Burkina Faso will hold the first round of its presidential (and legislative) elections on November 22, in other words very soon. A colleague sent me this story, in which the runner-up from the last election, Zéphirin Diabré, was speaking to a rally in the capital Ouagadougou as he campaigns once again. He is paraphrased and quoted as follows:
To put Burkina Faso back on the rails, Zéphirin Diabré proposes negotiation with certain armed groups. “Among these groups, which are the ones who have demands that are negotiable? While sorting through, there are people with whom, of course, one can talk.
Given that some of the country’s communal militias, or whatever ones wishes to call them, are already in dialogue with the state (or are working under the Volunteers for the Defense of the Homeland), the clear implication would seem to be that Diabré is open to negotiating with some jihadists – perhaps the Burkinabé group Ansaroul Islam/Ansar al-Islam (Defenders of Islam) or the Mali-centric Jama’at Nusrat al-Islam wa-l-Muslimin (the Group for Supporting Islam and Muslims, JNIM); the latter has conducted limited negotiations with successive Malian governments, especially over the hostage/prisoner exchange that concluded in early October of this year. The idea of negotiating with the Islamic State in the Greater Sahara (ISGS) has not been seriously floated in Mali, and it is unlikely that Diabré has them in mind here, though it is still possible.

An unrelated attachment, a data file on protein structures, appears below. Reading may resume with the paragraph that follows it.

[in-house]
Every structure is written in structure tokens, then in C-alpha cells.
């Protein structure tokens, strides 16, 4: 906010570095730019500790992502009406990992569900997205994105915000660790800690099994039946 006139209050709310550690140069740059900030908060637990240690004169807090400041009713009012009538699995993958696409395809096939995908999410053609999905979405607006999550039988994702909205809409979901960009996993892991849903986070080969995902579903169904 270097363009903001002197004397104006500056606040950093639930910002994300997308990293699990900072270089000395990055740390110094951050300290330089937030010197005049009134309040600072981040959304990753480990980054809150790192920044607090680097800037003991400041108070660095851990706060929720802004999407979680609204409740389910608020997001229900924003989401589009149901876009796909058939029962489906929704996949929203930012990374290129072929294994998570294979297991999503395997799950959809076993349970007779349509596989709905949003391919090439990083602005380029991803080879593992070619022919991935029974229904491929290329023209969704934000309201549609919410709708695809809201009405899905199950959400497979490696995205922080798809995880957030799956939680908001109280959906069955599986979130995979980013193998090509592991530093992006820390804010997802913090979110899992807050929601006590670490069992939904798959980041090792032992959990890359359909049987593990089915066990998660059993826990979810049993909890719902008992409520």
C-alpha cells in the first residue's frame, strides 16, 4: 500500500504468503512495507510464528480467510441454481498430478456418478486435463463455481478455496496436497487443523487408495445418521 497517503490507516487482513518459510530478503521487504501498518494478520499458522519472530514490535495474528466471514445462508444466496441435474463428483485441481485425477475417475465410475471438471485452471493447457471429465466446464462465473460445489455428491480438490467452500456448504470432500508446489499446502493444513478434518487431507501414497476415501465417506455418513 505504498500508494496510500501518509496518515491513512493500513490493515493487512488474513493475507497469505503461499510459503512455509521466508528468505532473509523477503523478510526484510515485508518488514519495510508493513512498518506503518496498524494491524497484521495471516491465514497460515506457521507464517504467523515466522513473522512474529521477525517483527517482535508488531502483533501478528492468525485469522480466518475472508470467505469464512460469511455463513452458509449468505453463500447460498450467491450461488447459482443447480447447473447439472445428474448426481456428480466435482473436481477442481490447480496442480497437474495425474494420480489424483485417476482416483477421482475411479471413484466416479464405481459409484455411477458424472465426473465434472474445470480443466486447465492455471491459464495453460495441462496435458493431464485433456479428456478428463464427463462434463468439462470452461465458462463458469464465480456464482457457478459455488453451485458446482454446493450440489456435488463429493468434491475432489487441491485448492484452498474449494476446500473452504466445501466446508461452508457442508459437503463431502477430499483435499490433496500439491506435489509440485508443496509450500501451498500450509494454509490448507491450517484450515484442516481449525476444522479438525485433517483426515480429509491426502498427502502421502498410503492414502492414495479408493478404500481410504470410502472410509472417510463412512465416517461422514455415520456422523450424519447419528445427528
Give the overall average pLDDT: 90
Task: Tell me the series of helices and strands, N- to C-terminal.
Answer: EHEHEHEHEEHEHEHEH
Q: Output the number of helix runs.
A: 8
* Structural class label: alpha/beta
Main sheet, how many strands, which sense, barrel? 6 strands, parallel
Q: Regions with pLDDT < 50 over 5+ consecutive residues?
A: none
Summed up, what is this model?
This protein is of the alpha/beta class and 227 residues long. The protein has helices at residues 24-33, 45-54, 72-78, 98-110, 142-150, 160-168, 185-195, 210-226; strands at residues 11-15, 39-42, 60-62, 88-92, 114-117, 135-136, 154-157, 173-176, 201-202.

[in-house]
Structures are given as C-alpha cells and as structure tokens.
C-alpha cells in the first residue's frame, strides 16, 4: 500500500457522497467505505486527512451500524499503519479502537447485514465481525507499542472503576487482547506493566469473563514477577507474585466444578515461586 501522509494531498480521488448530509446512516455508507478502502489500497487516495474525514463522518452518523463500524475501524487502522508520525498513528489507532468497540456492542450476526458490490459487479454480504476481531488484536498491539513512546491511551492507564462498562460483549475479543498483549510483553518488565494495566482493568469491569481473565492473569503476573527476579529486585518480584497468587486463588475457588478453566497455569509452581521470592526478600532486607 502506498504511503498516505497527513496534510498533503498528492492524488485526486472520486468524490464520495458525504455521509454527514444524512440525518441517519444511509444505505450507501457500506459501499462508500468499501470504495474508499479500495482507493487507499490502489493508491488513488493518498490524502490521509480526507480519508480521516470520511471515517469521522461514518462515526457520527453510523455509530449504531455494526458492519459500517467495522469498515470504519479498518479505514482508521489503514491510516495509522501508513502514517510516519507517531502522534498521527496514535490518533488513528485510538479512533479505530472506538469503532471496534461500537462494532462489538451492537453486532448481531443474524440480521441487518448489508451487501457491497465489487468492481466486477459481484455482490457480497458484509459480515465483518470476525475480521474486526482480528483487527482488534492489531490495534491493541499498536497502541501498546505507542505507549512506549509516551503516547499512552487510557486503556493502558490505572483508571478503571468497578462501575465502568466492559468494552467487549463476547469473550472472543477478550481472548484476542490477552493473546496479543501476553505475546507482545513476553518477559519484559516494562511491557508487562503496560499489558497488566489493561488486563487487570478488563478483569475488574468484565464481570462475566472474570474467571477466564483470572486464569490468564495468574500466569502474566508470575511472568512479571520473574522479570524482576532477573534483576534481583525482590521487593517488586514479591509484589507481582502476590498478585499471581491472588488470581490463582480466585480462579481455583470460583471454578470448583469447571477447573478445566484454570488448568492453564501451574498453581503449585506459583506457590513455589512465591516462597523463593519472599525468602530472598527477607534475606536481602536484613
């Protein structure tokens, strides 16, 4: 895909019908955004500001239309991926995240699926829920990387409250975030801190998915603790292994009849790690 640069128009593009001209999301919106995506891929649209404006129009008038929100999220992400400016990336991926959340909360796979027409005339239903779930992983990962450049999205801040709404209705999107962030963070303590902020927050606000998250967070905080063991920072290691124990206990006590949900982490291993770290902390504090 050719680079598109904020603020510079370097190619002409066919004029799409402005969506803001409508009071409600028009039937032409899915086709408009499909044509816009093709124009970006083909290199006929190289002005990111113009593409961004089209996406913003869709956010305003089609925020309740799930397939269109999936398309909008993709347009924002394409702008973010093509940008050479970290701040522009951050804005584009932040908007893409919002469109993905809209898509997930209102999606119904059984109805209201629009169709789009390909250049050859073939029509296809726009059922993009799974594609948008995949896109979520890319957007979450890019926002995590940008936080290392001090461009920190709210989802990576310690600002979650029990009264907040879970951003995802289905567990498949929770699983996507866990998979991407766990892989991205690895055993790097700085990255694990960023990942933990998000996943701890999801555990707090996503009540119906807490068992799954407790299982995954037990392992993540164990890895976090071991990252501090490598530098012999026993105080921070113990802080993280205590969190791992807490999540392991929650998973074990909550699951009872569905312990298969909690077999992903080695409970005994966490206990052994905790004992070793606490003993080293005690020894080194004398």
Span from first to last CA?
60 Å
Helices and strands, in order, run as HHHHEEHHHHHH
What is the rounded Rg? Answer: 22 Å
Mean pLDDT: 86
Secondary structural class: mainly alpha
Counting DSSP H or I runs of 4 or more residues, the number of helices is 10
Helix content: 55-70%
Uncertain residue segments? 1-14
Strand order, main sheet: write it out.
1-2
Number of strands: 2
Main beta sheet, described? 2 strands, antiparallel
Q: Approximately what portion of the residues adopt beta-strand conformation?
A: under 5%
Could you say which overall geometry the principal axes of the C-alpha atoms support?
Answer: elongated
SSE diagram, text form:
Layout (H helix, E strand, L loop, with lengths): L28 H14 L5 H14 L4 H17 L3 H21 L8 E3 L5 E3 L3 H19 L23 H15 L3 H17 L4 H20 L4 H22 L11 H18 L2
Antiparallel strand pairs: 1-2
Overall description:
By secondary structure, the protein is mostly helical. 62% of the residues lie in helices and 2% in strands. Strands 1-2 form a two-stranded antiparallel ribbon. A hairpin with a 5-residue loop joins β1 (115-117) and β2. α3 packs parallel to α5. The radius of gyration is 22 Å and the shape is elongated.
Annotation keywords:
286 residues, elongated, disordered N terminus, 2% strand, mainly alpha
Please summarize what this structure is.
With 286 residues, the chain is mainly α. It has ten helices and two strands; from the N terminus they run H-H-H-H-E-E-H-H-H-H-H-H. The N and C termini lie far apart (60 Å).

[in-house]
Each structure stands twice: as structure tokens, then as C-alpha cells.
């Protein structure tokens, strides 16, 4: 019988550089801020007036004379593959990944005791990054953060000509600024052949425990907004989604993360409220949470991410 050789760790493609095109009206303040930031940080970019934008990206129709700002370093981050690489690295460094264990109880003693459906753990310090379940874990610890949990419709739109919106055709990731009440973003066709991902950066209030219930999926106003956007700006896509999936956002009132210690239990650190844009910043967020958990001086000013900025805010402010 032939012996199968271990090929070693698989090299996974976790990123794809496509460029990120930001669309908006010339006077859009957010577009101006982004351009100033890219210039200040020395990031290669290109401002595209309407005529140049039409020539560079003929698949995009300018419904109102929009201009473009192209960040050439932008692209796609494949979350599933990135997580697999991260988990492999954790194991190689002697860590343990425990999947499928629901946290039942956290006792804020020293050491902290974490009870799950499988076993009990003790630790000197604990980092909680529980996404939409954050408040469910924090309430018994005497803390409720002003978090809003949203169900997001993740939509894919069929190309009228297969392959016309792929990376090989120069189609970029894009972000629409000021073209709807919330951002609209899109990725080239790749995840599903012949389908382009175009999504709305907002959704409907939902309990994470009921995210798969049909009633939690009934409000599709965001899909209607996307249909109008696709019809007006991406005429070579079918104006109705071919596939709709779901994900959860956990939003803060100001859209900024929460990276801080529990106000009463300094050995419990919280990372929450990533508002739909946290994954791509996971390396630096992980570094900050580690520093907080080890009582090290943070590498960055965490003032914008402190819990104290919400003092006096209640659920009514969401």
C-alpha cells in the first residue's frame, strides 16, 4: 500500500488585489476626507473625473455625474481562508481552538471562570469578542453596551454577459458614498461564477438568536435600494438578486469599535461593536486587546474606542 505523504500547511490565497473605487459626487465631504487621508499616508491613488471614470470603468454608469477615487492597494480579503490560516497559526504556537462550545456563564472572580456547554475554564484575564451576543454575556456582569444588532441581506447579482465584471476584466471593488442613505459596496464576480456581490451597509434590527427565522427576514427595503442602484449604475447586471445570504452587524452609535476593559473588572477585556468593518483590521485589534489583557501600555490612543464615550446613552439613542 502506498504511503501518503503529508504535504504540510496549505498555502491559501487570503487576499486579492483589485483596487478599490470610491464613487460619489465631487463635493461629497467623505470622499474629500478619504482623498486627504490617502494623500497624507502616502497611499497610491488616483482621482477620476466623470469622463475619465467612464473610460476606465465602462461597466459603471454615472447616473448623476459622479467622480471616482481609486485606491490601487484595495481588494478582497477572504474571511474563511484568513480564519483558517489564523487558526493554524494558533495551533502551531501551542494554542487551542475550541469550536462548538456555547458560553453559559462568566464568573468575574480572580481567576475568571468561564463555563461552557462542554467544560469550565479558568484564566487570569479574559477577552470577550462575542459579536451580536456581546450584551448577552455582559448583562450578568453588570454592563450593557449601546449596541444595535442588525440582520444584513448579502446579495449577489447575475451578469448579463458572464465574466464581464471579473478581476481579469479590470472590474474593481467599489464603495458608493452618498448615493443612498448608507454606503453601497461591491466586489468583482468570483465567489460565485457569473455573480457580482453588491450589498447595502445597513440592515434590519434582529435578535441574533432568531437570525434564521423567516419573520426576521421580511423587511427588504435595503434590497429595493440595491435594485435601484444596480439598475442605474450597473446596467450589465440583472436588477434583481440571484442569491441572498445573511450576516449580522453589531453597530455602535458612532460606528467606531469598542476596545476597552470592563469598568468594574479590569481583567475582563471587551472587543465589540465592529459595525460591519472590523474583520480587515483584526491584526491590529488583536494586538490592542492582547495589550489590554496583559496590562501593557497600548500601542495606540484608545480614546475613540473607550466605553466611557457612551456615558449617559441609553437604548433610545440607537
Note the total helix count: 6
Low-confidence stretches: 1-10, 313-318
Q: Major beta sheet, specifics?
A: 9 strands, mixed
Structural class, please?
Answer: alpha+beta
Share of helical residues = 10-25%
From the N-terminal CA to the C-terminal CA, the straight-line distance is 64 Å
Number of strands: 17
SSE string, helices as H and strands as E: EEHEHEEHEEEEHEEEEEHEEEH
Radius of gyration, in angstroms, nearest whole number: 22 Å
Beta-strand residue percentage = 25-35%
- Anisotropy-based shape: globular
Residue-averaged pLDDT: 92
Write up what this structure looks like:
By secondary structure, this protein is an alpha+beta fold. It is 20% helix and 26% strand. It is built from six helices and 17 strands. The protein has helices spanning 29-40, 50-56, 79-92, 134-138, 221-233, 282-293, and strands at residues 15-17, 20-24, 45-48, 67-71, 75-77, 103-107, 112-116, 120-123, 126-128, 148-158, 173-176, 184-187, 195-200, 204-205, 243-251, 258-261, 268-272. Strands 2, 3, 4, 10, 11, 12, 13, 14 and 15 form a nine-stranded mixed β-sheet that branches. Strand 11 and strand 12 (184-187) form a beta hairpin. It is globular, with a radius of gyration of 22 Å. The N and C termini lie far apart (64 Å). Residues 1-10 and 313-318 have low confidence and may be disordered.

Here is another major candidate, Eddie Komboïgo of the former ruling Congress for Democracy and Progress (CDP), promising in generic terms to turn the security situation around through dialogue:
In the weeks that follow our election, you are not going to hear a gunshot inside our borders. Because we are going to courageously negotiate with the different forces of evil.
Another (more minor) candidate, Do Pascal Sessouma of the Pacifist Party, has also talked along these lines. Here he is in a November 5 interview:
On the question of terrorism my position is clear. I will negotiate with those who are attacking us. I am among those who think that it is not by cannon shots that one triumphs over an ideology. I think I would be able to bring back peace and security in 18 months through a holistic and inclusive approach.
These are the three examples I’ve seen. I imagine there are others among the 12 opposition candidates who are taking similar stances.
The proposals are short on details, but they represent a shift in the political debate amid an insurgency that continues to worsen:
President Roch Kaboré, facing re-election, says absolutely not (speaking from Dédougou, November 17):
We will not negotiate with those who have, as a project, dismantling Burkina Faso and jeopardizing our coexistence.
Assuming (as I do, at least) that Kaboré will win, it will be interesting and consequential to see whether the idea of dialogue maintains any traction after the dust settles from the election.